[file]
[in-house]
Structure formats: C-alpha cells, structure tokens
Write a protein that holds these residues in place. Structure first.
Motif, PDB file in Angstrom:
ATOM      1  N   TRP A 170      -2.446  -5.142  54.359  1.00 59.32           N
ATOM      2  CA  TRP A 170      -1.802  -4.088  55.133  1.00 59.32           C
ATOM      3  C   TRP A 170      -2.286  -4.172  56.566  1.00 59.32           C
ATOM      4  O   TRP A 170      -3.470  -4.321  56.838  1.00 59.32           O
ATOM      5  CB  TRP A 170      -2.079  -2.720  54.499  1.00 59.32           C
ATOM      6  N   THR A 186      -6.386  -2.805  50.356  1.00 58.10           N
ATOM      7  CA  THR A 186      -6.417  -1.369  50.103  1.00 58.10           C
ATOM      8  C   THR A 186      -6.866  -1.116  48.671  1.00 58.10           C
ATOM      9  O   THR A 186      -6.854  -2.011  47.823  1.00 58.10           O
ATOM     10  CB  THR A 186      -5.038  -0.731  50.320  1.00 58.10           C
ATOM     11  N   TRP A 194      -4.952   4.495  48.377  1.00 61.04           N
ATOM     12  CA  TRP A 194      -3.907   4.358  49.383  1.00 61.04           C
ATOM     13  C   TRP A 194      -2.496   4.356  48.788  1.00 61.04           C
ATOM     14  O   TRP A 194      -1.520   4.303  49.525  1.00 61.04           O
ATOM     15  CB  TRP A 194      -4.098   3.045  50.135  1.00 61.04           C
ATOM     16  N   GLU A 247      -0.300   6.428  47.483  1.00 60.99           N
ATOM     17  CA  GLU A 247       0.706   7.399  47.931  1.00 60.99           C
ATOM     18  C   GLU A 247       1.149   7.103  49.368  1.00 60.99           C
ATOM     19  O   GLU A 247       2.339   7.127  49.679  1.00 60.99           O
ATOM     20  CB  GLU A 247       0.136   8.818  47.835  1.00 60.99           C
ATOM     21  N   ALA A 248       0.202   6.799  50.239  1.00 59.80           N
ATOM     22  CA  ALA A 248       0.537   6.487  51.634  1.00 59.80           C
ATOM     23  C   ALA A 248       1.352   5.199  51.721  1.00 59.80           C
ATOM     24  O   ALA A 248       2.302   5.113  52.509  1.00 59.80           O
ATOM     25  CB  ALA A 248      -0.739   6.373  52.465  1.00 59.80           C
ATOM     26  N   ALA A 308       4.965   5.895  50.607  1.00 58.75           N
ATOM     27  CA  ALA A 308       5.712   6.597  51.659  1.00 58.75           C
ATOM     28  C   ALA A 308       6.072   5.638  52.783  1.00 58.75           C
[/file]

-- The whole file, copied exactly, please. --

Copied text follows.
[in-house]
Structure formats: C-alpha cells, structure tokens
Write a protein that holds these residues in place. Structure first.
Motif, PDB file in Angstrom:
ATOM      1  N   TRP A 170      -2.446  -5.142  54.359  1.00 59.32           N
ATOM      2  CA  TRP A 170      -1.802  -4.088  55.133  1.00 59.32           C
ATOM      3  C   TRP A 170      -2.286  -4.172  56.566  1.00 59.32           C
ATOM      4  O   TRP A 170      -3.470  -4.321  56.838  1.00 59.32           O
ATOM      5  CB  TRP A 170      -2.079  -2.720  54.499  1.00 59.32           C
ATOM      6  N   THR A 186      -6.386  -2.805  50.356  1.00 58.10           N
ATOM      7  CA  THR A 186      -6.417  -1.369  50.103  1.00 58.10           C
ATOM      8  C   THR A 186      -6.866  -1.116  48.671  1.00 58.10           C
ATOM      9  O   THR A 186      -6.854  -2.011  47.823  1.00 58.10           O
ATOM     10  CB  THR A 186      -5.038  -0.731  50.320  1.00 58.10           C
ATOM     11  N   TRP A 194      -4.952   4.495  48.377  1.00 61.04           N
ATOM     12  CA  TRP A 194      -3.907   4.358  49.383  1.00 61.04           C
ATOM     13  C   TRP A 194      -2.496   4.356  48.788  1.00 61.04           C
ATOM     14  O   TRP A 194      -1.520   4.303  49.525  1.00 61.04           O
ATOM     15  CB  TRP A 194      -4.098   3.045  50.135  1.00 61.04           C
ATOM     16  N   GLU A 247      -0.300   6.428  47.483  1.00 60.99           N
ATOM     17  CA  GLU A 247       0.706   7.399  47.931  1.00 60.99           C
ATOM     18  C   GLU A 247       1.149   7.103  49.368  1.00 60.99           C
ATOM     19  O   GLU A 247       2.339   7.127  49.679  1.00 60.99           O
ATOM     20  CB  GLU A 247       0.136   8.818  47.835  1.00 60.99           C
ATOM     21  N   ALA A 248       0.202   6.799  50.239  1.00 59.80           N
ATOM     22  CA  ALA A 248       0.537   6.487  51.634  1.00 59.80           C
ATOM     23  C   ALA A 248       1.352   5.199  51.721  1.00 59.80           C
ATOM     24  O   ALA A 248       2.302   5.113  52.509  1.00 59.80           O
ATOM     25  CB  ALA A 248      -0.739   6.373  52.465  1.00 59.80           C
ATOM     26  N   ALA A 308       4.965   5.895  50.607  1.00 58.75           N
ATOM     27  CA  ALA A 308       5.712   6.597  51.659  1.00 58.75           C
ATOM     28  C   ALA A 308       6.072   5.638  52.783  1.00 58.75           C